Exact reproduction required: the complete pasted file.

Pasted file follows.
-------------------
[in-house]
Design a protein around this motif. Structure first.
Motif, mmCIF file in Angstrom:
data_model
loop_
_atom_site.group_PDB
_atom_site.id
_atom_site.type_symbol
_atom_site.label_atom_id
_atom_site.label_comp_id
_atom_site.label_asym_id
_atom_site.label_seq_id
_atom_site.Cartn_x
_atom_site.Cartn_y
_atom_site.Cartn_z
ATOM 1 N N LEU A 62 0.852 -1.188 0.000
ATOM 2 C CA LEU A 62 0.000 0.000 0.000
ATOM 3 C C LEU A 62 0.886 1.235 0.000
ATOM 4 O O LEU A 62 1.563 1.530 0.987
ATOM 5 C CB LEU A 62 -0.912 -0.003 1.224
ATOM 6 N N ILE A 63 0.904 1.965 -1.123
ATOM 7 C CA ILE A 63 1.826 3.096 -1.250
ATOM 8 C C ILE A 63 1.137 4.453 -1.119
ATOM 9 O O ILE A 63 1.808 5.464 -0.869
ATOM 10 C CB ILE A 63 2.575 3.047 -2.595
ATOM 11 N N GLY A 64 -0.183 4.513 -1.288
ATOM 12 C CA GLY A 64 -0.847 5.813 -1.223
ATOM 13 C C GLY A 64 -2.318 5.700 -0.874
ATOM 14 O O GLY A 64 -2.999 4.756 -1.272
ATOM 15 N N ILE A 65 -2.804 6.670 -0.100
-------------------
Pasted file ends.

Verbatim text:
[in-house]
Design a protein around this motif. Structure first.
Motif, mmCIF file in Angstrom:
data_model
loop_
_atom_site.group_PDB
_atom_site.id
_atom_site.type_symbol
_atom_site.label_atom_id
_atom_site.label_comp_id
_atom_site.label_asym_id
_atom_site.label_seq_id
_atom_site.Cartn_x
_atom_site.Cartn_y
_atom_site.Cartn_z
ATOM 1 N N LEU A 62 0.852 -1.188 0.000
ATOM 2 C CA LEU A 62 0.000 0.000 0.000
ATOM 3 C C LEU A 62 0.886 1.235 0.000
ATOM 4 O O LEU A 62 1.563 1.530 0.987
ATOM 5 C CB LEU A 62 -0.912 -0.003 1.224
ATOM 6 N N ILE A 63 0.904 1.965 -1.123
ATOM 7 C CA ILE A 63 1.826 3.096 -1.250
ATOM 8 C C ILE A 63 1.137 4.453 -1.119
ATOM 9 O O ILE A 63 1.808 5.464 -0.869
ATOM 10 C CB ILE A 63 2.575 3.047 -2.595
ATOM 11 N N GLY A 64 -0.183 4.513 -1.288
ATOM 12 C CA GLY A 64 -0.847 5.813 -1.223
ATOM 13 C C GLY A 64 -2.318 5.700 -0.874
ATOM 14 O O GLY A 64 -2.999 4.756 -1.272
ATOM 15 N N ILE A 65 -2.804 6.670 -0.100